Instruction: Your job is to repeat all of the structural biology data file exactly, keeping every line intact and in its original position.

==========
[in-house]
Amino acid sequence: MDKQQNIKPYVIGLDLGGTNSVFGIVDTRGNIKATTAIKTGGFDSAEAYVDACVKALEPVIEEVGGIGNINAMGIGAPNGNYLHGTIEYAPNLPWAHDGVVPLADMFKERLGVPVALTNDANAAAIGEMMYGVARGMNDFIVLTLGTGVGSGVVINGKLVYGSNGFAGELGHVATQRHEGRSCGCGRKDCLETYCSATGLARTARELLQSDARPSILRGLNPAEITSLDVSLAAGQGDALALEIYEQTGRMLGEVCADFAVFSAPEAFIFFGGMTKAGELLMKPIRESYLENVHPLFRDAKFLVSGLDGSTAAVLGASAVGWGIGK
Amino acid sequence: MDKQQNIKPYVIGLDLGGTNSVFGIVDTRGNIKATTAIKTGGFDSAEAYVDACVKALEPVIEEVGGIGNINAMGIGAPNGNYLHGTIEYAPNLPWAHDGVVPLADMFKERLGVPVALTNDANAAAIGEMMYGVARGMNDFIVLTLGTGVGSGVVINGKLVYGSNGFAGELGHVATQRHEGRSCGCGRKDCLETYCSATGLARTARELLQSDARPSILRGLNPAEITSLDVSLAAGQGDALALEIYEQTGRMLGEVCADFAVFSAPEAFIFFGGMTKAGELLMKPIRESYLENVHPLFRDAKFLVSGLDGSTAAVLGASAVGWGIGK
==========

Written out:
[in-house]
Amino acid sequence: MDKQQNIKPYVIGLDLGGTNSVFGIVDTRGNIKATTAIKTGGFDSAEAYVDACVKALEPVIEEVGGIGNINAMGIGAPNGNYLHGTIEYAPNLPWAHDGVVPLADMFKERLGVPVALTNDANAAAIGEMMYGVARGMNDFIVLTLGTGVGSGVVINGKLVYGSNGFAGELGHVATQRHEGRSCGCGRKDCLETYCSATGLARTARELLQSDARPSILRGLNPAEITSLDVSLAAGQGDALALEIYEQTGRMLGEVCADFAVFSAPEAFIFFGGMTKAGELLMKPIRESYLENVHPLFRDAKFLVSGLDGSTAAVLGASAVGWGIGK
Amino acid sequence: MDKQQNIKPYVIGLDLGGTNSVFGIVDTRGNIKATTAIKTGGFDSAEAYVDACVKALEPVIEEVGGIGNINAMGIGAPNGNYLHGTIEYAPNLPWAHDGVVPLADMFKERLGVPVALTNDANAAAIGEMMYGVARGMNDFIVLTLGTGVGSGVVINGKLVYGSNGFAGELGHVATQRHEGRSCGCGRKDCLETYCSATGLARTARELLQSDARPSILRGLNPAEITSLDVSLAAGQGDALALEIYEQTGRMLGEVCADFAVFSAPEAFIFFGGMTKAGELLMKPIRESYLENVHPLFRDAKFLVSGLDGSTAAVLGASAVGWGIGK